There are five reasons why I support 1Sambayan, the coalition of democratic forces launched last week in Makati City. I also have four suggestions for the coalition so it can be more effective and achieve its main objective of coming up with a winning unity slate for the national elections in 2022.
The personalities and the political parties
First, I trust its convenors. I have followed the careers of Justice Tony Carpio, Ombudsman Conchita Carpio Morales, and Foreign Secretary Albert Del Rosario for a long time and I am certain of their nationalism, integrity, and strong leadership.
I personally know Brother Armin Luistro, Fr. Albert Alejo SJ, Attorneys Howie Calleja and Neri Colmenares, former Commission on Audit Commissioner Heidi Mendoza, and Governor Lito Coscolluela. They are the best of the Filipino leaders I have worked with on a range of issues for many years.
I also know of the sterling work and reputations of Admiral Rommel Jude Ong, Partido Manggagawa chair Renato Magtubo, and civil society leader Rickie Xavier.
If this were a war, these are people I would choose to be with in a foxhole. I trust them completely.
Second, I like that Bayan Muna and the Magdalo have joined the coalition. This in itself is worth celebrating. While many would describe them as poles apart, and they are on some issues, Bayan Muna and Magdalo share fundamental values. Both are nationalistic parties. Both are militantly against corruption. Both are committed to upholding human rights and have consistently done so since Duterte came to power.
We need to bridge ideological and historical differences to successfully put together and sustain a united front against the Duterte coalition. Bringing and keeping Bayan Muna (and I suppose it brings with it the whole Makabayan Bloc) and Magdalo together would be proof of concept for a united front.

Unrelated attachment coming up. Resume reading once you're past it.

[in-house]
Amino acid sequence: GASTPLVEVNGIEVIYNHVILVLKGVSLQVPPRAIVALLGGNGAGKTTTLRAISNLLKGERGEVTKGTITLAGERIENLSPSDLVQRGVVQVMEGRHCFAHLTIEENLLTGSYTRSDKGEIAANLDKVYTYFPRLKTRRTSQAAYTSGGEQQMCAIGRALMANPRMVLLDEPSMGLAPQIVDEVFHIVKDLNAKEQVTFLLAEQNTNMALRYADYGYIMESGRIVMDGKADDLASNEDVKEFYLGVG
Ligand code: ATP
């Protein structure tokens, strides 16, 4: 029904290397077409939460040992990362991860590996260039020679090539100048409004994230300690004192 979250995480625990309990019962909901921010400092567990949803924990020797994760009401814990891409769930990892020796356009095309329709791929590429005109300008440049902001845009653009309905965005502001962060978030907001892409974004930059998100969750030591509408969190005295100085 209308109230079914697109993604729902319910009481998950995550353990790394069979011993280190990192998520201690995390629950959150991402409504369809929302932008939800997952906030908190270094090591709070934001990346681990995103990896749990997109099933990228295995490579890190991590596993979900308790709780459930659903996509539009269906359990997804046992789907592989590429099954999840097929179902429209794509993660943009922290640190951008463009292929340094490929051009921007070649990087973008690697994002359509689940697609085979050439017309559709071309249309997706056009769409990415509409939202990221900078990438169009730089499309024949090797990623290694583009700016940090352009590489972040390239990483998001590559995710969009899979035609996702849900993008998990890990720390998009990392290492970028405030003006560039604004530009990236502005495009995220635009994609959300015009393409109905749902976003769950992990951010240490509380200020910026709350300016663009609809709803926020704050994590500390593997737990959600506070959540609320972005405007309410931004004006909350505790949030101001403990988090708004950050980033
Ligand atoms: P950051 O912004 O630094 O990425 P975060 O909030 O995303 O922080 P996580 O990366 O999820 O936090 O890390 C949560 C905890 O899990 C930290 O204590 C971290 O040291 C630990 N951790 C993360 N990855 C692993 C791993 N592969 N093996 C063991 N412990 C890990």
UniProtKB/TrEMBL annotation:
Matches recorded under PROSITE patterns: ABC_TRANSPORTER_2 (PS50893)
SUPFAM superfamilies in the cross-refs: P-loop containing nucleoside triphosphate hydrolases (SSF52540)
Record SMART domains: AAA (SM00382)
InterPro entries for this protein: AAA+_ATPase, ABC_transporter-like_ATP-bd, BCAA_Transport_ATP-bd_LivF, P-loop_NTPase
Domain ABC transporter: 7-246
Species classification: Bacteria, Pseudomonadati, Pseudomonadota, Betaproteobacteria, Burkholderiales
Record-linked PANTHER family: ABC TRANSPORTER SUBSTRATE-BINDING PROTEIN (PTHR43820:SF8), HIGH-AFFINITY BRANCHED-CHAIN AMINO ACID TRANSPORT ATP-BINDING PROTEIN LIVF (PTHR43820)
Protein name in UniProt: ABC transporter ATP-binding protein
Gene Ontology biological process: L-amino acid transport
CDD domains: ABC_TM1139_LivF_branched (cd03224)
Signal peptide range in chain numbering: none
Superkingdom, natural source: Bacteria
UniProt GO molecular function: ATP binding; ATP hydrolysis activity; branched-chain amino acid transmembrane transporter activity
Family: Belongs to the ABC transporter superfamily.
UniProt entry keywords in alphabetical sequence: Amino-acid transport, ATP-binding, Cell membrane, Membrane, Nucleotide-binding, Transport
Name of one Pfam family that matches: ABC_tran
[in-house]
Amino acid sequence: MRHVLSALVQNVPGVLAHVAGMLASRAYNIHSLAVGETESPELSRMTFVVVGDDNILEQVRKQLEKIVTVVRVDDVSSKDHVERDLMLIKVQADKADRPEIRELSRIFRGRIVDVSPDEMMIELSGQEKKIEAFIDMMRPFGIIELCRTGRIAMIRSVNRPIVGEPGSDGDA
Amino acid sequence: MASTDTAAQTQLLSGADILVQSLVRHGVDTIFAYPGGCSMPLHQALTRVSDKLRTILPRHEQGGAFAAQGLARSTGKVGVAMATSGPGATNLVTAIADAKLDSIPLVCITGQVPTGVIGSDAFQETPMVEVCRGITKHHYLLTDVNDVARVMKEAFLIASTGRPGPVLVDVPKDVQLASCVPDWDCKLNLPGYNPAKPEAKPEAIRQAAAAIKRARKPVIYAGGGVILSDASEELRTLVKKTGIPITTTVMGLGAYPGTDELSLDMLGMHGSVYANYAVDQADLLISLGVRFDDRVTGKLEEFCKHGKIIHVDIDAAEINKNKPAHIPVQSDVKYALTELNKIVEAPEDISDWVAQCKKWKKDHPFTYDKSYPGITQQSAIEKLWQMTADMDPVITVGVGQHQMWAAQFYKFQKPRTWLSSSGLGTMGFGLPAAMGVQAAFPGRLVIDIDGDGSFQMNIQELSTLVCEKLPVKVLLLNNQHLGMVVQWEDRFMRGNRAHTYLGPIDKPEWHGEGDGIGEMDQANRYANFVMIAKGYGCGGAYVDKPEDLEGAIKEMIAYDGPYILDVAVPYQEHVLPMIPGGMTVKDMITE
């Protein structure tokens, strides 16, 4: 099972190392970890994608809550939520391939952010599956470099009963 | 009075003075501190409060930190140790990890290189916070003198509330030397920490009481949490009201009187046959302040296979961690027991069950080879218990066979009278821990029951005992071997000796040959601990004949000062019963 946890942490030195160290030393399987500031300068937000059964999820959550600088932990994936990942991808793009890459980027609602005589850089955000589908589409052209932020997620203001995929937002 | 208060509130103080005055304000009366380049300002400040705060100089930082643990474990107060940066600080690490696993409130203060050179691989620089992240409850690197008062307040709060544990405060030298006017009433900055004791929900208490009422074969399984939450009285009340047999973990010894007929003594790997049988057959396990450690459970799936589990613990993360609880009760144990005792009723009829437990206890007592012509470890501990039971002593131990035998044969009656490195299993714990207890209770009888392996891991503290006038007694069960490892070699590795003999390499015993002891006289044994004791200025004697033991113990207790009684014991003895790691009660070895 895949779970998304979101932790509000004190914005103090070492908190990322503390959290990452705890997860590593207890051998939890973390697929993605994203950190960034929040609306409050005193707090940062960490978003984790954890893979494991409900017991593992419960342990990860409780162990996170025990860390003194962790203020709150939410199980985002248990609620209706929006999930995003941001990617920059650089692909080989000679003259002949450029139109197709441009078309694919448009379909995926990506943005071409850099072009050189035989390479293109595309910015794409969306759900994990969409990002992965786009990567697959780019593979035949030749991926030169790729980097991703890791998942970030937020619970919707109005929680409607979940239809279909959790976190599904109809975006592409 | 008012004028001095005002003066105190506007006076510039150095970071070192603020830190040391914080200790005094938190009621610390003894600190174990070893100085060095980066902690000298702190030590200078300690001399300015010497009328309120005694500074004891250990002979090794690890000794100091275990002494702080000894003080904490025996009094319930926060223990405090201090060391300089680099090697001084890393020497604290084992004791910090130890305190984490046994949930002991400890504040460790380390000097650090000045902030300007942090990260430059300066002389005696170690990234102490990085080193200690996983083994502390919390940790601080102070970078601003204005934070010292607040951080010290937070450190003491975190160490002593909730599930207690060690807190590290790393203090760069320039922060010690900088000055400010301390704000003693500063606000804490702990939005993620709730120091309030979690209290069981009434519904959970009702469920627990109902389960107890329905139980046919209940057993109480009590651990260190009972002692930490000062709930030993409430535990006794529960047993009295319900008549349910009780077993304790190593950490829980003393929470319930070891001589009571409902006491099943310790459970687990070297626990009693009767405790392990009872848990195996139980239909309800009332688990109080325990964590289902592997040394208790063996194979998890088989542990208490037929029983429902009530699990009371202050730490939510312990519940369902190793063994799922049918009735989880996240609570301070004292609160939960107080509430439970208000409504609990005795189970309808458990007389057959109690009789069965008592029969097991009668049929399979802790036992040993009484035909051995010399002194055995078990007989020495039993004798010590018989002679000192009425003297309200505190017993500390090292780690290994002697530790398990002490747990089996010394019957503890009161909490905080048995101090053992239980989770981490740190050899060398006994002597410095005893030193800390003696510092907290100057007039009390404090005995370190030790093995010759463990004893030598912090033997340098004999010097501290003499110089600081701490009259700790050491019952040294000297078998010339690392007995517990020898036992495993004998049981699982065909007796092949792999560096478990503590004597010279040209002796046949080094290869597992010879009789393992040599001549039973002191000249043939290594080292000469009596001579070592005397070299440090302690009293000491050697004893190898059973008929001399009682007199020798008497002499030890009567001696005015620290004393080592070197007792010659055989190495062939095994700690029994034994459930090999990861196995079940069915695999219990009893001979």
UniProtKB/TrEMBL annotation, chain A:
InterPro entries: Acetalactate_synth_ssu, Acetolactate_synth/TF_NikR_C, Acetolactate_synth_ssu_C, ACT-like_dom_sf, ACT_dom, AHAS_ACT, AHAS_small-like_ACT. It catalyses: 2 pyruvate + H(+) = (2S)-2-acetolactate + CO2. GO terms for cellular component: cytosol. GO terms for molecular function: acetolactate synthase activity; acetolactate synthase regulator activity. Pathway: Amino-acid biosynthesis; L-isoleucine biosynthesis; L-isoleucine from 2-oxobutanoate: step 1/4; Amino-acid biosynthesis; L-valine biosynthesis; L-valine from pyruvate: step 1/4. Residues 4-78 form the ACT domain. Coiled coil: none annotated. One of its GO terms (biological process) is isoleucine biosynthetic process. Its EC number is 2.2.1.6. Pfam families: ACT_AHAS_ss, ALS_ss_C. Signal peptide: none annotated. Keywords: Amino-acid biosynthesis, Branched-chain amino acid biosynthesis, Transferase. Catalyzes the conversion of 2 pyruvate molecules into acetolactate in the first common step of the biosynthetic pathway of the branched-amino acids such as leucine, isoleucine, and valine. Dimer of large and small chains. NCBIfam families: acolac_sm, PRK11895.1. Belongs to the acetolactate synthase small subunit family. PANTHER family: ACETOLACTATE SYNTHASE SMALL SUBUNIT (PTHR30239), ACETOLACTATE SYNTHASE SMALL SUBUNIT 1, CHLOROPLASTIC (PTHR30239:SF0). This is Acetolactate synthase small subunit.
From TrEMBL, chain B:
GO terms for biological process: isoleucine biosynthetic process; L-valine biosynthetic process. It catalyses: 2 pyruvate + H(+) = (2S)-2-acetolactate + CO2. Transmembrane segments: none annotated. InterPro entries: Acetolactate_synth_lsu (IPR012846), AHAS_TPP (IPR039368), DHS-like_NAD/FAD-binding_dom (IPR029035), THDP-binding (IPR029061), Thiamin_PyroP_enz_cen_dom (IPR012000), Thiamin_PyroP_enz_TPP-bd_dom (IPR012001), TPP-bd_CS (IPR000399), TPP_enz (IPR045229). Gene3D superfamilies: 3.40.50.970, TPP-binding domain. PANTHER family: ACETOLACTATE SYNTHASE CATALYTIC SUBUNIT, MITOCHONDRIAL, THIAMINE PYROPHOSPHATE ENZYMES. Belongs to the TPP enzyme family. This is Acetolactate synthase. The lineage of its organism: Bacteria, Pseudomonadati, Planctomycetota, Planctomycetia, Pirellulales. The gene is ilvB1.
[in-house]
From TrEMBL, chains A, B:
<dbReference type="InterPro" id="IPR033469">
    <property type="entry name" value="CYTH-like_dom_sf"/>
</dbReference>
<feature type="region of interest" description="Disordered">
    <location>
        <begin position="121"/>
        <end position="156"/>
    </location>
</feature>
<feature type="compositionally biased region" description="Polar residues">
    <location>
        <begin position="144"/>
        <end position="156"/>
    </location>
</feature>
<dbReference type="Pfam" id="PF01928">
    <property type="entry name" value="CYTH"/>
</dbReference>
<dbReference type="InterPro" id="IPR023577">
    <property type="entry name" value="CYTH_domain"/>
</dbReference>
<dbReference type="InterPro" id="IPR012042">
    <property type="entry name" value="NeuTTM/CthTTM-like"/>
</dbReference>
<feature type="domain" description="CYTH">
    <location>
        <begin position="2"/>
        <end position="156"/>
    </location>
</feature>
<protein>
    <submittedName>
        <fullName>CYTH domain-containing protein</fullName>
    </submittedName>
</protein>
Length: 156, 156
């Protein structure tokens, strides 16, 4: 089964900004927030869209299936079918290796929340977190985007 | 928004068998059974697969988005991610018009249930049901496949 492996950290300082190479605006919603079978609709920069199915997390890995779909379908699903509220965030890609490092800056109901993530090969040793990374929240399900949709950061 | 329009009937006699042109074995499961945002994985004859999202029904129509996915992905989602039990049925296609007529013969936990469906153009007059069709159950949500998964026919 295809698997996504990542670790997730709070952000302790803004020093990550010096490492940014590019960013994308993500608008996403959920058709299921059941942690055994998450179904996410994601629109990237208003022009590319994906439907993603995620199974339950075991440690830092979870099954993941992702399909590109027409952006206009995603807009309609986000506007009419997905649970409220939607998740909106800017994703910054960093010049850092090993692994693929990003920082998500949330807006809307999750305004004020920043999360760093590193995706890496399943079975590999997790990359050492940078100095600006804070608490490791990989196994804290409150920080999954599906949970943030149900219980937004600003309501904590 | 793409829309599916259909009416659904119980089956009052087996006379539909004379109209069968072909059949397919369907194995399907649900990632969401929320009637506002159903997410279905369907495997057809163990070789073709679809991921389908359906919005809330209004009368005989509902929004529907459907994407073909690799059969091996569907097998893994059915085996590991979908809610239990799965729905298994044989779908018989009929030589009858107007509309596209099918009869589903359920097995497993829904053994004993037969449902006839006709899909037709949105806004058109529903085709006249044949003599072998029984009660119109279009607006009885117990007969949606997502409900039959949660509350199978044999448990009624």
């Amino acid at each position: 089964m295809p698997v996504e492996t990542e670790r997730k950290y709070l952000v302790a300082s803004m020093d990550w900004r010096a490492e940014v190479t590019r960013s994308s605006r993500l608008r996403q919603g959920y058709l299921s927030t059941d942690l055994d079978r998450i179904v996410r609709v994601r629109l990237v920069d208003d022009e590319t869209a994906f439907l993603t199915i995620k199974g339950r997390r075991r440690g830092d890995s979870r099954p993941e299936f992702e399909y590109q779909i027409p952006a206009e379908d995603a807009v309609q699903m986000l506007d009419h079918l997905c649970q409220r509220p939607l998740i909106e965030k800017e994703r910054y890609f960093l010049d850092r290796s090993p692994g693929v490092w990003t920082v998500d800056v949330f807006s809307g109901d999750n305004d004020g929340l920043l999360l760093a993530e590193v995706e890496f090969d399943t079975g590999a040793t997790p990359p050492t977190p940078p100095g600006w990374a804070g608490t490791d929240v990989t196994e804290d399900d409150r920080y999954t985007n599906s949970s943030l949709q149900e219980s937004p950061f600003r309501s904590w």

On a personal note, I have good friends in both political formations. I have grown to admire Senator Antonio Trillanes and former Magdalo Representatives Gary Alejano and Ashley Acedillo (one of my best students in the University of the Philippines College of Law). I have always looked up to former Bayan Muna Representatives Colmenares, Satur Ocampo, and Teddy Casiño, as well as being a big supporter of current Bayan Muna Representatives Carlos Isagani Zarate, Ferdinand Gaite, and Eufemia Cullamat.
While the Magdalo and Bayan Muna representatives might differ in their priorities, they are the most courageous and principled of our legislators. I can imagine the change they can engender with power they can wield together.
Both Bayan Muna and Magdalo are also disciplined and command loyalty from its supporters. They have proven their respective abilities to organize and mobilize voters. They have won elections.
Third, I like the goal and the shared values of 1Sambayan. The former is straightforward, as articulated by Justice Carpio: “We have discussed this, again and again, and this is the understanding of everybody: that unless we are united, we cannot win in 2022. We have the majority, but the majority will become a minority if they are divided. So we have to remain united, and that is the unifying force.”
Colmenares reinforced this, saying: “Many of us are here today precisely because we are unified first, that the issue of [the] 2022 elections, when another Duterte comes into power, will be substantially affecting our survival as a nation. And because that is what is at stake, many of us are here because we agree that we all want a united opposition to resoundingly defeat the forces of tyranny that has ruled this country in the last five years. For us, that is the main unifying point here.”
The shared values are also explicit, as Carpio articulated: “We are a coalition of democratic forces. We reject those who are identified with authoritarianism. We reject those who are responsible for extrajudicial killings or who abet extrajudicial killings.”